Swine Flu spreads across U.S. like wildfire, 19 kids die in one week
By Salim Jiwa
ATLANTA – Swine Flu continues to take its toll on children and the U.S. Centers for Disease Control, CDC, is reporting that 19 more children died in a one-week period.
Of the total 19 pediatric deaths reported to the CDC from across the U.S. 16 tested positive for Swine Flu while three were suffering from unsubtyped Influenza A. But the CDC said the three unsubtyped deaths were also most likely from Swine Flu H1N1 novel virus.
CDC said the 19 child deaths were reported between Sept. 27 and Oct. 3 as influenza and pneumonia rates escalated across the U.S.
The 19 child deaths from Swine Flu in one week is considered very high based on the fact that the total prior to the latest figure being added was 57 since April. The total child deaths now stand at 76.
“The proportion of death attributed to pneumonia and influenza based on the 122 Cities Report has increased and now exceeds what is normally expected at this time of year,” said the CDC in its latest weekly report released Friday.
“In addition, 19 flu-related pediatric deaths were reported this week; 16 of these deaths were confirmed 2009 H1N1 and 3 were unsubtyped influenza A and likely to be 2009 H1N1,” it said.
“A total of 76 laboratory confirmed 2009 H1N1 pediatric deaths have been reported to CDC since April,” it said.
Doctor visits went up across the U.S. for influenza like illness (ILI) and are “higher than levels expected for this time of the year.”
“Total influenza hospitalization rates for laboratory-confirmed influenza are higher than expected for this time of year for adults and children,” it said.
“And for children 5-17 and adults 18-49 years of age, hospitalization rates from April – October 2009 exceed average flu season rates (for October through April),” the report said.
Experts have not answered the question of whether new policies that advocate keeping schools open despite Swine Flu infections have resulted in the higher rates of deaths among children.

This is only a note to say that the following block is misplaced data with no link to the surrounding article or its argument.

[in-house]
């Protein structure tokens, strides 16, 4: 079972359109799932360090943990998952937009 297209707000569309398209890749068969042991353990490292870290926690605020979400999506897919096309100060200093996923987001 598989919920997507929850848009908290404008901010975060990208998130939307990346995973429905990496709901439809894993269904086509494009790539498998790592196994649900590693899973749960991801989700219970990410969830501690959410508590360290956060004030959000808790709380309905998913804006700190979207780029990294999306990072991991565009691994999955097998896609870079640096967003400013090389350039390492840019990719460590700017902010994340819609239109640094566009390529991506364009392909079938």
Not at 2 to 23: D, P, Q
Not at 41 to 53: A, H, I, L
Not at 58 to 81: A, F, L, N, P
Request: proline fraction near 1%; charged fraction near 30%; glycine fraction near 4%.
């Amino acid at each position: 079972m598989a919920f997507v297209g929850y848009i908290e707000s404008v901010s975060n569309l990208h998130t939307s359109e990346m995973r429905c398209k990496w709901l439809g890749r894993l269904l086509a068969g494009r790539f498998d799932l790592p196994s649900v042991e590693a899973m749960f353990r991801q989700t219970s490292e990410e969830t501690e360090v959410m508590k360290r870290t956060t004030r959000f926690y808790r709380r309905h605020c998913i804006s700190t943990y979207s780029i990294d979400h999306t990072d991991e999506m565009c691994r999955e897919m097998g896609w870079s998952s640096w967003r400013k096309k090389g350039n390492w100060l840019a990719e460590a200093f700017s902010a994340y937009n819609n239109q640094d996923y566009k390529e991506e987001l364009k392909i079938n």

Statistics already show that infants have a far higher rate of hospitalizations from Swine Flu. The rate of 3.3 per 10,000 is far higher for infants aged 0 to 23 months than any other age group by a factor of 2 per 10,000.
“Thirty-seven states are reporting widespread influenza activity at this time. They are: Alabama, Alaska, Arizona, Arkansas, California, Colorado, Delaware, Florida, Georgia, Idaho, Illinois, Indiana, Iowa, Kansas, Kentucky, Louisiana, Maryland, Minnesota, Mississippi, Missouri, Nebraska, Nevada, New Hampshire, New Mexico, New York, North Carolina, Ohio, Oklahoma, Oregon, Pennsylvania, South Carolina, South Dakota, Texas, Tennessee, Virginia, Washington, and Wyoming.”
“Any reports of widespread influenza activity in September and October are very unusual,” said the CDC.
“Almost all of the influenza viruses identified so far are 2009 H1N1 influenza A viruses,” the CDC said.
“These viruses remain similar to the virus chosen for the 2009 H1N1 vaccine, and remain susceptible to the antiviral drugs oseltamivir and zanamivir with rare exception,” it said.
From August 30 to Oct. 3, influenza and pneumonia syndrome has resulted in 12,384 hospitalizations and 1544 deaths.
Confirmed influenza cases (most H1N1) requiring hospitalizations were 3,874 with 240 deaths.
The CDC is no longer separating its figures for Swine Flu and since it states that almost all cases of influenza are related to H1N1, it would be fair to conclude that Swine Flu is responsible for most of the illness.
Copyright 2009, Vancouverite News Service.®